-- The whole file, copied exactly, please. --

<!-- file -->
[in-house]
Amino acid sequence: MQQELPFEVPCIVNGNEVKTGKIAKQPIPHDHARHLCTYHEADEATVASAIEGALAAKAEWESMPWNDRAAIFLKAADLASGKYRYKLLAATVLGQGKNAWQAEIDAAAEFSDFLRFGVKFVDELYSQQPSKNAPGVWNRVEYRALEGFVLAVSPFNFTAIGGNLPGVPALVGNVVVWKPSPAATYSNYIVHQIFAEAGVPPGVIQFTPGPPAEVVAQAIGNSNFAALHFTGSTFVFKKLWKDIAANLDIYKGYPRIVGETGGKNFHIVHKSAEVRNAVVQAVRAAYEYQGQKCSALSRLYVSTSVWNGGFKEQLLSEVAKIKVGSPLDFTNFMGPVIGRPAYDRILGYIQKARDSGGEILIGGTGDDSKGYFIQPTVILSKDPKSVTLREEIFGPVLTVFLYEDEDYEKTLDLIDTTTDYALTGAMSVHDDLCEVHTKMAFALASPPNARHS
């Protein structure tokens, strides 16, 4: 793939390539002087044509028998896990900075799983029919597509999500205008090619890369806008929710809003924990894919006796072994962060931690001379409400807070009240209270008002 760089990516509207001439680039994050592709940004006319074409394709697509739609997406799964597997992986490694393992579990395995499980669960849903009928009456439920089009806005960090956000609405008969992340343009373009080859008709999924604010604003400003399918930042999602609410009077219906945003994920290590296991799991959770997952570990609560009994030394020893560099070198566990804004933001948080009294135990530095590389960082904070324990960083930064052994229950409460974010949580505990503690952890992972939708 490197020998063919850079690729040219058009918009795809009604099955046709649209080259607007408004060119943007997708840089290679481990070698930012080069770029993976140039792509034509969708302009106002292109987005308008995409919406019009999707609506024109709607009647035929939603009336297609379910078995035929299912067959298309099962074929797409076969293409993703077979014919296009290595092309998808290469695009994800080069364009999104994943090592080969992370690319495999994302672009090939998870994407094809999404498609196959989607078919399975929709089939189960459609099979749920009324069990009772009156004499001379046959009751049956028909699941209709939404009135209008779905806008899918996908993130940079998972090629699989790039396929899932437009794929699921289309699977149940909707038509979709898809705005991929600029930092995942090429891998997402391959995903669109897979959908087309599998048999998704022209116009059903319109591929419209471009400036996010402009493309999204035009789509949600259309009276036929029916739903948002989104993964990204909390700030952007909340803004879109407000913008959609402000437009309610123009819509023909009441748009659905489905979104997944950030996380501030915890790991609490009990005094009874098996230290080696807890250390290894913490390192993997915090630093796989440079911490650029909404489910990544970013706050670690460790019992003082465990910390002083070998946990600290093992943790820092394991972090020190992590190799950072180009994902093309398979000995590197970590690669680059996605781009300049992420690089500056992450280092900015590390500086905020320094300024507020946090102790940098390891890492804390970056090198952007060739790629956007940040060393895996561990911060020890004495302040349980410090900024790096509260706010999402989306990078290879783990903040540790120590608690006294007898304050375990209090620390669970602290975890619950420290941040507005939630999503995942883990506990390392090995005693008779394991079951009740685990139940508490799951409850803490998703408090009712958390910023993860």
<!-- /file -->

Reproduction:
[in-house]
Amino acid sequence: MQQELPFEVPCIVNGNEVKTGKIAKQPIPHDHARHLCTYHEADEATVASAIEGALAAKAEWESMPWNDRAAIFLKAADLASGKYRYKLLAATVLGQGKNAWQAEIDAAAEFSDFLRFGVKFVDELYSQQPSKNAPGVWNRVEYRALEGFVLAVSPFNFTAIGGNLPGVPALVGNVVVWKPSPAATYSNYIVHQIFAEAGVPPGVIQFTPGPPAEVVAQAIGNSNFAALHFTGSTFVFKKLWKDIAANLDIYKGYPRIVGETGGKNFHIVHKSAEVRNAVVQAVRAAYEYQGQKCSALSRLYVSTSVWNGGFKEQLLSEVAKIKVGSPLDFTNFMGPVIGRPAYDRILGYIQKARDSGGEILIGGTGDDSKGYFIQPTVILSKDPKSVTLREEIFGPVLTVFLYEDEDYEKTLDLIDTTTDYALTGAMSVHDDLCEVHTKMAFALASPPNARHS
């Protein structure tokens, strides 16, 4: 793939390539002087044509028998896990900075799983029919597509999500205008090619890369806008929710809003924990894919006796072994962060931690001379409400807070009240209270008002 760089990516509207001439680039994050592709940004006319074409394709697509739609997406799964597997992986490694393992579990395995499980669960849903009928009456439920089009806005960090956000609405008969992340343009373009080859008709999924604010604003400003399918930042999602609410009077219906945003994920290590296991799991959770997952570990609560009994030394020893560099070198566990804004933001948080009294135990530095590389960082904070324990960083930064052994229950409460974010949580505990503690952890992972939708 490197020998063919850079690729040219058009918009795809009604099955046709649209080259607007408004060119943007997708840089290679481990070698930012080069770029993976140039792509034509969708302009106002292109987005308008995409919406019009999707609506024109709607009647035929939603009336297609379910078995035929299912067959298309099962074929797409076969293409993703077979014919296009290595092309998808290469695009994800080069364009999104994943090592080969992370690319495999994302672009090939998870994407094809999404498609196959989607078919399975929709089939189960459609099979749920009324069990009772009156004499001379046959009751049956028909699941209709939404009135209008779905806008899918996908993130940079998972090629699989790039396929899932437009794929699921289309699977149940909707038509979709898809705005991929600029930092995942090429891998997402391959995903669109897979959908087309599998048999998704022209116009059903319109591929419209471009400036996010402009493309999204035009789509949600259309009276036929029916739903948002989104993964990204909390700030952007909340803004879109407000913008959609402000437009309610123009819509023909009441748009659905489905979104997944950030996380501030915890790991609490009990005094009874098996230290080696807890250390290894913490390192993997915090630093796989440079911490650029909404489910990544970013706050670690460790019992003082465990910390002083070998946990600290093992943790820092394991972090020190992590190799950072180009994902093309398979000995590197970590690669680059996605781009300049992420690089500056992450280092900015590390500086905020320094300024507020946090102790940098390891890492804390970056090198952007060739790629956007940040060393895996561990911060020890004495302040349980410090900024790096509260706010999402989306990078290879783990903040540790120590608690006294007898304050375990209090620390669970602290975890619950420290941040507005939630999503995942883990506990390392090995005693008779394991079951009740685990139940508490799951409850803490998703408090009712958390910023993860």